In a stunning about-face on January 31, 2002, the president of the American Institute of CPAs (AICPA) announced his organization’s support for reforms of auditor independence that would bar accounting firms from doing certain kinds of consulting for their audit clients. Separately, the leaders of all but one of the Big Five firms have reportedly either made or are expected to make similarly supportive announcements.
Legislative and Regulatory Initiatives
The issue of auditor independence has had a divisive effect on the accounting profession, as some firms voluntarily separated their audit and consulting groups while others did not. The AICPA had fought tooth and nail against prior SEC efforts to split auditing and consulting. It won, only to see the collapse of Enron turn into the subject into a front-page issue that has already inspired legislative initiatives on Capitol Hill and the threat of regulatory actions by stock exchanges.
In recent developments, Democratic Senators Christopher Dodd of Connecticut and Jon Corzine of New Jersey have said they will propose legislation to impose term limits on auditors and limit the types of non-audit services that auditors can provide. Recent remarks indicate Republican lawmakers may oppose the proposed legislation. In the interim, the New York State Comptroller has called on the New York Stock Exchange to impose limits on non-audit services.
AICPA and Big Five Policy Statements
Policy statements already made or expected to be made by the AICPA and Big Five firms include the following:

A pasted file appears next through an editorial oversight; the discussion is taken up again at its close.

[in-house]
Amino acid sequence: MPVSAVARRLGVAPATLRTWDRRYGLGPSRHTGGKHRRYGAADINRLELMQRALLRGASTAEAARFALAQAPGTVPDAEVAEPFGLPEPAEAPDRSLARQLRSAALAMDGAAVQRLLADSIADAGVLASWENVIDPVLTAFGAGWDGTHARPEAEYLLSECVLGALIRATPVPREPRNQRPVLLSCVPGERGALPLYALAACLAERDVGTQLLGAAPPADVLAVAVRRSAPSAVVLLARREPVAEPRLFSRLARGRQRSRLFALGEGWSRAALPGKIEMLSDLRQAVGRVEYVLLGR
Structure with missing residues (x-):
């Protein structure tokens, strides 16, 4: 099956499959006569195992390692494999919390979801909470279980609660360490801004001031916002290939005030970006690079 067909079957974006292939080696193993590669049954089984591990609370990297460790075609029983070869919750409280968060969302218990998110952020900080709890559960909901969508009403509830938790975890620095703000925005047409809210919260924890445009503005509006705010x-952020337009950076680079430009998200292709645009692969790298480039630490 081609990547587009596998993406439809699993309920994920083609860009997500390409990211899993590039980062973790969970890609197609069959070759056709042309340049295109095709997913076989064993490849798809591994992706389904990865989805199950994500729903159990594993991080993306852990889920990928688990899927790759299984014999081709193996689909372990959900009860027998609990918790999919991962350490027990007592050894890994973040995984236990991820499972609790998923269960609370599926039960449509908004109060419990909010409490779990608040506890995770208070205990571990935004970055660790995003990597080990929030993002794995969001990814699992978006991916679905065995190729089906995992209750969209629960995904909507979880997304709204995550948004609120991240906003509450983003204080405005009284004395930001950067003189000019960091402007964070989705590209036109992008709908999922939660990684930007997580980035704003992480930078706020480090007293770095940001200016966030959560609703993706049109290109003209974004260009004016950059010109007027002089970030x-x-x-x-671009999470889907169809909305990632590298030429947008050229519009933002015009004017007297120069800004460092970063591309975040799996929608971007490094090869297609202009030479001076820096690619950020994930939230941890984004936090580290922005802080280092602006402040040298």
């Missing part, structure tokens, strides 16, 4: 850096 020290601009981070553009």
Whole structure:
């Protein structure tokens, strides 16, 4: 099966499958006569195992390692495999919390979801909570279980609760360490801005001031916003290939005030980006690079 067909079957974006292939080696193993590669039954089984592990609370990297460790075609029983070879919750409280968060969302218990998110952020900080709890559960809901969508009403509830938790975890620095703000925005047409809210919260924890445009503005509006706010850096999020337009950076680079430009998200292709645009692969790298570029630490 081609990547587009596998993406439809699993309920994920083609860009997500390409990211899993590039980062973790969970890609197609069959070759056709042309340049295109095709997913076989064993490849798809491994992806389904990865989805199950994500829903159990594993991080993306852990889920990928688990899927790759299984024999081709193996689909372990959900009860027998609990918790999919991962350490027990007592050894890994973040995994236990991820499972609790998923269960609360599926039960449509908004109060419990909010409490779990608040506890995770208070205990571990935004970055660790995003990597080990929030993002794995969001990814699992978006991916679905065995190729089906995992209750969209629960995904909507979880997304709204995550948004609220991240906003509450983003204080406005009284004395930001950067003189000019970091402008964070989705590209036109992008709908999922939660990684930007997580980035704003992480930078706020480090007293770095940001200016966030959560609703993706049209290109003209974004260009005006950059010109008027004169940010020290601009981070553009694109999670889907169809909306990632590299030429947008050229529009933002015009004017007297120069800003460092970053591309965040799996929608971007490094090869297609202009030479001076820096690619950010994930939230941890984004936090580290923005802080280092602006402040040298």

AICPA. Barry Melancon, president of AICPA, announced his organization's change of stance to BusinessWeekOnline, saying the membership association wants to, “put this issue behind us” so that accountants, Congress and the Securities and Exchange Commission (SEC) can “get to the broader debate… on what’s needed to prevent future Enrons.” Although Mr. Melancon did not go so far as to endorse the Dodd-Corzine approach, he did say the AICPA is dropping its opposition to the bans on internal audit outsourcing and systems integration consulting. KPMG. KPMG issued a press release to announce its support for barring auditors from performing systems integration consulting and internal audit outsourcing services for public audit clients. Stephen G. Butler, chairman of KPMG, said the issue of non-audit services has become a “red herring,” making it difficult to move on the larger issues of modernizing the financial reporting system. Like AICPA, KPMG had fought restrictions on non-audit services in prior years. But Mr. Butler said in the press release, “I believe we should accept previously proposed limits on non-audit services and move forward.” PwC. In announcing its plans for an initial public offering to separate its consulting services from its audit practice, PricewaterhouseCoopers (PwC) told the Wall Street Journal it too would endorse the previously proposed restrictions. PwC has supported the proposals in the past. “We recognize like so many people,” PwC’s Chief Executive Samuel DiPiazza told the Journal, “that the Enron failure has created a huge crisis in confidence. This is a response to the crisis around the Enron failure and the confidence crisis in our own profession.” Mr. DiPiazza said the firm will be announcing its initiatives and policy positions in a letter to clients this week. Without waiting for a letter, entertainment giant Walt Disney Company announced it would not use its independent auditor, PriceWaterhouseCoopers, for any new consulting work and would evaluate the consulting work the accounting firm is currently doing. Ernst & Young. A spokesperson for Ernst & Young told AccountingWEB on February 1, 2002 the firm expects to make an announcement in the very near future about these specific issues. In the past, EY has supported reforms of auditor independence. EY says it first announced its support of a ban prohibiting an accounting firm from providing management consulting and information technology systems integration to an audit client two years ago. Andersen. Industry sources suggest that Andersen, Enron’s auditor, will also adopt this position by February 4th, when Andersen CEO Joseph Berardino next appears before a House committee.